Carrot Parsnip Beef Soup




Introduction: Carrot Parsnip Beef Soup

About: I helped start Instructables, previously worked in biotech and academic research labs, and have a degree in biology from MIT. Currently at our parent company Autodesk, learning new things, and trying to catc...

This carrot, parsnip, and beef shank soup is the perfect soup for a cold, snowy, or rainy day. It takes very little active time, but simmers on the back of your stove for about four hours, perfuming the whole house. The ingredients will still have their structure even after the long cook time, but the flavors will have softened and mingled into something wonderful.

This recipe serves 8-16, depending on how hungry they are and how many side dishes you're offering.

ProTip: My favorite trick when heading to a rental house in snowy Tahoe is to pre-shred my veggies at home, vaccuum-pack them in sous vide bags with a bit of olive oil so the shredded carrots and parsnips don't oxidize, then stick them in the fridge until it's time to make soup. (You can't count on finding a good grater, much less a food processor, at a vacation rental - and I don't want to grate 8 pounds of veggies by hand anyway.) It's super-low effort, and amazing food for a crowd.

Step 1: Tools and Ingredients


  • 2 pounds grass-fed beef shanks (usually 3-4 depending on size)
  • 2 pounds carrots, shredded
  • 2 pounds parsnips, shredded (select small parsnips, or remove woody center from larger ones)
  • 2 medium onions, chopped
  • 4 stalks celery, chopped
  • 2 Tablespoons butter or oil of your preference
  • 2 bay leaves
  • 8 cups homemade beef stock (or 8 cups water plus 8 1-cup bullion cubes) (can swap out other stock - I used some chicken here)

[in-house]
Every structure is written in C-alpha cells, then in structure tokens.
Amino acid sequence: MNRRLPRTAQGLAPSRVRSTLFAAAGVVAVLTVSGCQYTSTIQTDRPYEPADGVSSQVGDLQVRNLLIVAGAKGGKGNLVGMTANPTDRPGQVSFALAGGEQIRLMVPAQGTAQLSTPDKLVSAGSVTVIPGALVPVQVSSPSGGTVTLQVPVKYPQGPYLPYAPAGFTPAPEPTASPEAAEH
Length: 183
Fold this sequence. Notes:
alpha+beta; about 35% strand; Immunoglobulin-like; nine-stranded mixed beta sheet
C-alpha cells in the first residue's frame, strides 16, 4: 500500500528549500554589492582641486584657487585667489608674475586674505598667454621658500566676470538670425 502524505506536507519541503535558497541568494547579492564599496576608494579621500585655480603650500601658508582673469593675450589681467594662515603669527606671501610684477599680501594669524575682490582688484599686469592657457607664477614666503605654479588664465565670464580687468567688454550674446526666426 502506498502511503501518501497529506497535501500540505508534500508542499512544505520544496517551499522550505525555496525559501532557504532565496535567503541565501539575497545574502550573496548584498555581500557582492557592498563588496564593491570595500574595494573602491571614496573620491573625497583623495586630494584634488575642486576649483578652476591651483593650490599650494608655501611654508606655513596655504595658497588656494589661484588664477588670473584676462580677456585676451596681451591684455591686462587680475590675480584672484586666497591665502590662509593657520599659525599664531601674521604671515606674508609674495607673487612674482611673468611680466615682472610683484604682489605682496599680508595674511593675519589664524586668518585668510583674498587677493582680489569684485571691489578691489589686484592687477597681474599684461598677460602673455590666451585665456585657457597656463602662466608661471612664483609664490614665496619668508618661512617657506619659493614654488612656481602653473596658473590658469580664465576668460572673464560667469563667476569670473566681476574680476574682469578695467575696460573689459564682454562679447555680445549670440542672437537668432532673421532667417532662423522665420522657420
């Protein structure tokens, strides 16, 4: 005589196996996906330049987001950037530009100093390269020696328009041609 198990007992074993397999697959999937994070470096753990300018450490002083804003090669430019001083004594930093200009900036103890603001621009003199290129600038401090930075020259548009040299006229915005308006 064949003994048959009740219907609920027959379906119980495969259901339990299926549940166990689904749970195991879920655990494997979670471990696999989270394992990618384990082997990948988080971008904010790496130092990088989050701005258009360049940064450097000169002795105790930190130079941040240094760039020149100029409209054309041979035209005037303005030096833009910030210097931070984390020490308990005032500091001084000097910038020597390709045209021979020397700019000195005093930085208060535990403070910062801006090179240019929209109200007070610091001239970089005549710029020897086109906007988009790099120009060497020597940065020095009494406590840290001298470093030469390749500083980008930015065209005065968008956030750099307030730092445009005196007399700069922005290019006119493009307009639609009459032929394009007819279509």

• water
  • salt & pepper
  • thyme and/or oregano (fresh or dried) - mostly optional but I find Thyme a necessary flavor
  • 1/2 teaspoon Worcestershire sauce (optional)
  • handful parsley, chopped
  • full-fat sour cream (serve at the table)
  • shredded cheddar cheese (optional and can distract from the flavor, but kids often like it)


  • 8 quart dutch oven or soup pot
  • grater or food processor with shredding disc (see intro note about shredding ahead of time for travel!)
  • knife
  • cutting board
  • wooden spoon or spatula

Step 2: Chop & Soften Onions & Celery

Heat the pot on over medium heat, and drop in 2T butter or the fat of your choice.

Chop onions and celery into small bite-size bits, and dump into the butter with a pinch of salt to speed breakdown. Break two bay leaves in half, and add to the pot. Cook, stirring as needed, until the vegetables are soft.

Step 3: Brown Beef Shanks

Increase heat to medium/high, scrape vegetables aside or remove from the pot temporarily, and place beef shanks directly on bottom of pan. You can scoop the veggies over top while they cook, but ensure the meat is directly in contact with the bottom of the pan for best browning. I'm too lazy to scoop the veggies out and get another plate dirty, so tend to do it this way.

When they start to get brown and curl up, scoot the veggies again and flip your shanks, again ensuring the meat is in direct contact with the pan bottom. If the meat starts to stick or burn, add a bit more butter to the pan and/or lower the heat. You can also deglaze with sherry or the booze of your choice before adding the root veg and stock.